KEARNEY, N.J. — If the Point-No-Point Bridge in northern New Jersey needs to open for a ship to float by below on the Passaic River, the opening and closing of the drawbridge takes five and a half hours.

When the construction of a new bridge is completed in 2025, the process will take all of five minutes.

Construction of the new bridge on the Conrail system began last summer, according to Ryan Hill, Conrail’s chief engineer of design and construction and the top official leading the project. Hill met with FreightWaves at the Point-No-Point site earlier this month to review the progress of replacing the current bridge, which sees 40 freight trains, often double-stack intermodal trains dozens and dozens of railcars in length, daily cross its route between Newark and Kearney, New Jersey. 

The specifics are that the bridge is part of the Passaic and Harsimus rail system that in turn is part of Conrail. The bridge is in an area crossed by multiple railroads. Trains on the PATH transit system run behind a nearby flood wall; beyond that, Amtrak and New Jersey Transit ride by.

Conrail is a unique railroad in that it doesn’t need to have a single salesperson. It doesn’t seek to drum up business. Instead, it operates connecting systems in northern New Jersey, Philadelphia and Detroit on behalf of its two parents, Norfolk Southern and CSX.

Conrail was the name of the federally owned railroad that acquired the bankrupt Northeast rail assets of the Penn Central and Erie Lackawanna railways in the ’70s. When it sold off and split up its assets in the late ’90s to Norfolk Southern (NYSE: NSC) and CSX (NYSE: CSX), federal regulators would not let the sale go through unless a rump Conrail remained to operate regional service in those three aforementioned regions to ensure that neither of the two Class I railroads could dominate service. That’s why it has no sales team; it is there to serve the two lines and doesn’t need to acquire customers. In essence, it has two customers and always will.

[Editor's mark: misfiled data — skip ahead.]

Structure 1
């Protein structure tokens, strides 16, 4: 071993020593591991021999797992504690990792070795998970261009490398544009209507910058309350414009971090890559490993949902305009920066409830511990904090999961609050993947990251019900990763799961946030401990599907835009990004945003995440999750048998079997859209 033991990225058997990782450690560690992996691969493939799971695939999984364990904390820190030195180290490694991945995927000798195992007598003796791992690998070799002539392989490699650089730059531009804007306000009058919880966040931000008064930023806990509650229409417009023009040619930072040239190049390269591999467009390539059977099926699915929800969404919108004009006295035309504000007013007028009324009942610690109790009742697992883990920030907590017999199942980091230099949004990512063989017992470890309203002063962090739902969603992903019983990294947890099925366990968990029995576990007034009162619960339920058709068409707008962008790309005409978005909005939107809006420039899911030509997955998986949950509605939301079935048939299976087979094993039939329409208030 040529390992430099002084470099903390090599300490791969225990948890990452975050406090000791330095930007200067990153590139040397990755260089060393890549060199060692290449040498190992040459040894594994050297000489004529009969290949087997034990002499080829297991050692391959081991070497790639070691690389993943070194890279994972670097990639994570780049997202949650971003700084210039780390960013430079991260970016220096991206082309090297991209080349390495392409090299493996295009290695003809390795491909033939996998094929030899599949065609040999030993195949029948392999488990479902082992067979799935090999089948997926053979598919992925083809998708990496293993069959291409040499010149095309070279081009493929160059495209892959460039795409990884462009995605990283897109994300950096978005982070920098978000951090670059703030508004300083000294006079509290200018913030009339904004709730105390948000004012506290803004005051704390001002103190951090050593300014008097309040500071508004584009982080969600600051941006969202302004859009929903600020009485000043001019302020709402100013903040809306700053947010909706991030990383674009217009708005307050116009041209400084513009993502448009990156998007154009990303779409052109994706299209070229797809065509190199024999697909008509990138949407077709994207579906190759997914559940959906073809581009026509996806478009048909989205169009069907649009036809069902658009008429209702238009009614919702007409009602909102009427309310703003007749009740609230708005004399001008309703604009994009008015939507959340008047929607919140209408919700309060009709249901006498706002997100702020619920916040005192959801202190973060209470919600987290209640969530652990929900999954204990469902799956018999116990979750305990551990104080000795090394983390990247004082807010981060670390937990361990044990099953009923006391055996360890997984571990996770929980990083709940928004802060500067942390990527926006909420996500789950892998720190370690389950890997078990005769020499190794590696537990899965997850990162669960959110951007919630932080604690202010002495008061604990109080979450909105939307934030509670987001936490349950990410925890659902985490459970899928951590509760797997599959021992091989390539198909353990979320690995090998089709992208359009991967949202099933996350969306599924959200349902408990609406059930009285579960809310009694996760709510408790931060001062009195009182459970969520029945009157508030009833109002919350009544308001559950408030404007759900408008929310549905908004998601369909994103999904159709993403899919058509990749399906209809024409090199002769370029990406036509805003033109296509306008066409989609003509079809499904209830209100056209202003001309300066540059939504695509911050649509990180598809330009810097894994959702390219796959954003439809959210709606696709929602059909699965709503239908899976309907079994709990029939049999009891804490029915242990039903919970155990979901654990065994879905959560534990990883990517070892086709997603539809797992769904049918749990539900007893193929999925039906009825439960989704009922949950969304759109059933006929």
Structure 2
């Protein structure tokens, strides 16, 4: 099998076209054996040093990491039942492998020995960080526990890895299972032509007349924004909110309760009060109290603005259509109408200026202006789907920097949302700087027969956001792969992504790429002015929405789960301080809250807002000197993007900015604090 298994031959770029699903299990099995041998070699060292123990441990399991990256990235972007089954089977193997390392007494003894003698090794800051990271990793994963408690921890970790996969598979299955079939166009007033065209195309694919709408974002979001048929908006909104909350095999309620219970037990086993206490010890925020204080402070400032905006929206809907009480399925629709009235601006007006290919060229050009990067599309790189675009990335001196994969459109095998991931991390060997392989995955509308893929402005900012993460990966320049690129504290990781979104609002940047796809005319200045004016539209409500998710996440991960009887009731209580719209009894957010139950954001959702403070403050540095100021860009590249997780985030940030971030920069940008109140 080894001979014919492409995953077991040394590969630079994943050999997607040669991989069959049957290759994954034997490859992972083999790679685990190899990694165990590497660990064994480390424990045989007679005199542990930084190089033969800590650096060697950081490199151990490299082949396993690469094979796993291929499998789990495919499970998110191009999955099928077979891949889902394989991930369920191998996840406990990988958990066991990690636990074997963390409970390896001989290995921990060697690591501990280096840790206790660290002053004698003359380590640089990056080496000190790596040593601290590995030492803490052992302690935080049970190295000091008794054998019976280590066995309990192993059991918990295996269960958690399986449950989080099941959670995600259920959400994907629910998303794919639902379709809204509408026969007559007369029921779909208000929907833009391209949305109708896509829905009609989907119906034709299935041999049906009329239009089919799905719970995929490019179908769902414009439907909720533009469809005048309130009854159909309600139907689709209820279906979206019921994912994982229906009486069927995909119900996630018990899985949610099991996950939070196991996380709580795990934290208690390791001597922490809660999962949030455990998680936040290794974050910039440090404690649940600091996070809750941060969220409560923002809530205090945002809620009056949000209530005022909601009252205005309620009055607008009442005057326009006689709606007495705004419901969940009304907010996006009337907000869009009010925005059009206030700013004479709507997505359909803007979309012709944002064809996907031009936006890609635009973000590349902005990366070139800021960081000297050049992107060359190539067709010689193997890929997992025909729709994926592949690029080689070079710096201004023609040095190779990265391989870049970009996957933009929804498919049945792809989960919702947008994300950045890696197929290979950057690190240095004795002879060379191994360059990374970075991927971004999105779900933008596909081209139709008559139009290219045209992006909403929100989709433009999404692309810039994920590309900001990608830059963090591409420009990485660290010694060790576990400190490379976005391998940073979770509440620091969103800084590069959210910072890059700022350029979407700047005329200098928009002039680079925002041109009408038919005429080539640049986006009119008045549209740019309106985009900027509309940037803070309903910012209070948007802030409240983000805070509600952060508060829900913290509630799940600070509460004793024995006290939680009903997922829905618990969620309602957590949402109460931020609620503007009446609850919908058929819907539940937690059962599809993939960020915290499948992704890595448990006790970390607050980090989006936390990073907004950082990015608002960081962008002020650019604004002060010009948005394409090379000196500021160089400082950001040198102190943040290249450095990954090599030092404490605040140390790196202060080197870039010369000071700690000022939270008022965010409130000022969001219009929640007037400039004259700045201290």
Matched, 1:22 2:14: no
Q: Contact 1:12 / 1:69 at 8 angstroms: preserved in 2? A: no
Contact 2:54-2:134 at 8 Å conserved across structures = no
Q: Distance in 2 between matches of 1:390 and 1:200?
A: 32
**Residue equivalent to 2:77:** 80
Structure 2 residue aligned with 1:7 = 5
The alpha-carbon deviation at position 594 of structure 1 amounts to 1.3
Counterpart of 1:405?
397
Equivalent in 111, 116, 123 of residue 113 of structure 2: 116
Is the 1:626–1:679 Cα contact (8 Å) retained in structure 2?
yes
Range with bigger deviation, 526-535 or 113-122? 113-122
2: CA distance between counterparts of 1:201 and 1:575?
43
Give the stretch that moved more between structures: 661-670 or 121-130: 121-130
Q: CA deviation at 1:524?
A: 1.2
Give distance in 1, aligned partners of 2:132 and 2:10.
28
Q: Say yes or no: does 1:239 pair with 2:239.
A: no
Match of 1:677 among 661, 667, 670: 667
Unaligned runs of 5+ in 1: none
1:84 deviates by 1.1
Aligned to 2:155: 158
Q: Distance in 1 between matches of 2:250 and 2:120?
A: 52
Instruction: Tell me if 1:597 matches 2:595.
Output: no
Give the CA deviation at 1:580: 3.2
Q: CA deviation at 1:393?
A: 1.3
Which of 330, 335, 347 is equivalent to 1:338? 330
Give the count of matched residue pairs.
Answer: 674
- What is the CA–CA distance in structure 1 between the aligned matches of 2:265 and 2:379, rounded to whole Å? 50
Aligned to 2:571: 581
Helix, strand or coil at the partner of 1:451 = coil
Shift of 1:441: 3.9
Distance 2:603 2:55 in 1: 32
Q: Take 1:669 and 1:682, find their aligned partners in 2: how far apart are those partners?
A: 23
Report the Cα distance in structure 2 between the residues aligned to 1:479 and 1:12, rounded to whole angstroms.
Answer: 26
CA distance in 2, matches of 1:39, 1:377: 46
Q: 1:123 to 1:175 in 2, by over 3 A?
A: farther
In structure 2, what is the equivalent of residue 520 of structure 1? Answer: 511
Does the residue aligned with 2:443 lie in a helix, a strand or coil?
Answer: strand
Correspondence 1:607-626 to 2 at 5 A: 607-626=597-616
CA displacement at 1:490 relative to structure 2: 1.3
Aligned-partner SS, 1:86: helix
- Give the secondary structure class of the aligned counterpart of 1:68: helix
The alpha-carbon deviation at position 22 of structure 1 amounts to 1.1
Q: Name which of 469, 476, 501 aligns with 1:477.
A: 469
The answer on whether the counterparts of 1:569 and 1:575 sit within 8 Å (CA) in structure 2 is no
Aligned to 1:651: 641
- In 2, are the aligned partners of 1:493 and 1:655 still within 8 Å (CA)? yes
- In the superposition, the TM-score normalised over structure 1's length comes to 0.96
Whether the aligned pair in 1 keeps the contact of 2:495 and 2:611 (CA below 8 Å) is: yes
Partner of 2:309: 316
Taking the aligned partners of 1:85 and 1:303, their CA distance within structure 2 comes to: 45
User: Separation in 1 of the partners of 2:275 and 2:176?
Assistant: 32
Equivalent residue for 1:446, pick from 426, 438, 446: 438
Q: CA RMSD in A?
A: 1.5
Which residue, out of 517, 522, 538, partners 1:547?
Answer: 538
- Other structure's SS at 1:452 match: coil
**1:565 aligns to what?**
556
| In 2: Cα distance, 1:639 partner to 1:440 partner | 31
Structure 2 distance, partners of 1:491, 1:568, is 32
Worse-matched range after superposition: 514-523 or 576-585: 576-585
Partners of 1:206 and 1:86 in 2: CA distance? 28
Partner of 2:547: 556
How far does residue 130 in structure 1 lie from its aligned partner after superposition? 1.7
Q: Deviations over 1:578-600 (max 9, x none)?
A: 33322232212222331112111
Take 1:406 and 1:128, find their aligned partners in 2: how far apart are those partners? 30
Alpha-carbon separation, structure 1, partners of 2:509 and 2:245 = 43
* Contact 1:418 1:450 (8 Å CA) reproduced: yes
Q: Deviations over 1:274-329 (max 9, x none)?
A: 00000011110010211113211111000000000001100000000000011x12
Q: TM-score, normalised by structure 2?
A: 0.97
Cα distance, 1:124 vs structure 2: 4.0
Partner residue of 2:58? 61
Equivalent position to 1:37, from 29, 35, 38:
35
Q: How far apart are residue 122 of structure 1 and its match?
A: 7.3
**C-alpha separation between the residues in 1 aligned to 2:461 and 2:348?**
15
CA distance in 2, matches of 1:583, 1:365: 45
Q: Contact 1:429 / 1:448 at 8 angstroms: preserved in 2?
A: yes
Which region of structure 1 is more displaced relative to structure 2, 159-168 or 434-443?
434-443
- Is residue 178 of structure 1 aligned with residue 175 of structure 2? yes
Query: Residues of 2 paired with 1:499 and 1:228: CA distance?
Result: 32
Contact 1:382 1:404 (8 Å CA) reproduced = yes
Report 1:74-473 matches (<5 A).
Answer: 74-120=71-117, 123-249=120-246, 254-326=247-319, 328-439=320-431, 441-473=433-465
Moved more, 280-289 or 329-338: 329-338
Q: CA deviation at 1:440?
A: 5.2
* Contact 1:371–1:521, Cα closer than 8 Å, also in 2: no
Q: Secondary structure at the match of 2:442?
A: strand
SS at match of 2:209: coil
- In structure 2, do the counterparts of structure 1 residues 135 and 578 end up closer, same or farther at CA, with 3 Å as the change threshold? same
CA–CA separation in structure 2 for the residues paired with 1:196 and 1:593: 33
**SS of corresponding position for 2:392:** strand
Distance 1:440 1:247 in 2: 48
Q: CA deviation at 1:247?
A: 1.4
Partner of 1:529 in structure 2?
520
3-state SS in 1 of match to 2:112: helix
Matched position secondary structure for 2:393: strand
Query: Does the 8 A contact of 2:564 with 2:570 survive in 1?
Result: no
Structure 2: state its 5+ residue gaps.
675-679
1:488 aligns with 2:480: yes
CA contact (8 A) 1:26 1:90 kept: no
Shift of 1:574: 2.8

“It is a critical link through New Jersey for both of our owners for their through traffic,” Hill said. “Any freight going through northern New Jersey goes through the P&H.”

Ryan Hill, Conrail’s chief engineer of design and construction

The P&H in turn has direction connections to all the terminals in the Port of New York and New Jersey, Hill said. 

Hill said the Point-No-Point bridge is more than 120 years old. It is what Hill referred to as a “center swing span,” turning on a 90-degree pivot when a ship on the Passaic River needs to pass under it. 

“It is at the end of its usable life, so we’ve spent millions of dollars over the past several years just trying to maintain the bridge and keeping it operational,” Hill said.

What is going in its place is not an overhaul of the existing bridge. The new bridge will have a new alignment running parallel to the existing bridge, which eventually will be torn down after the new bridge is in place. The existing bridge will service freight rail up until that point, according to Hill.

Ships don’t transit the Passaic River at that point often, Hill said, measuring the frequency in “a handful of times per year.”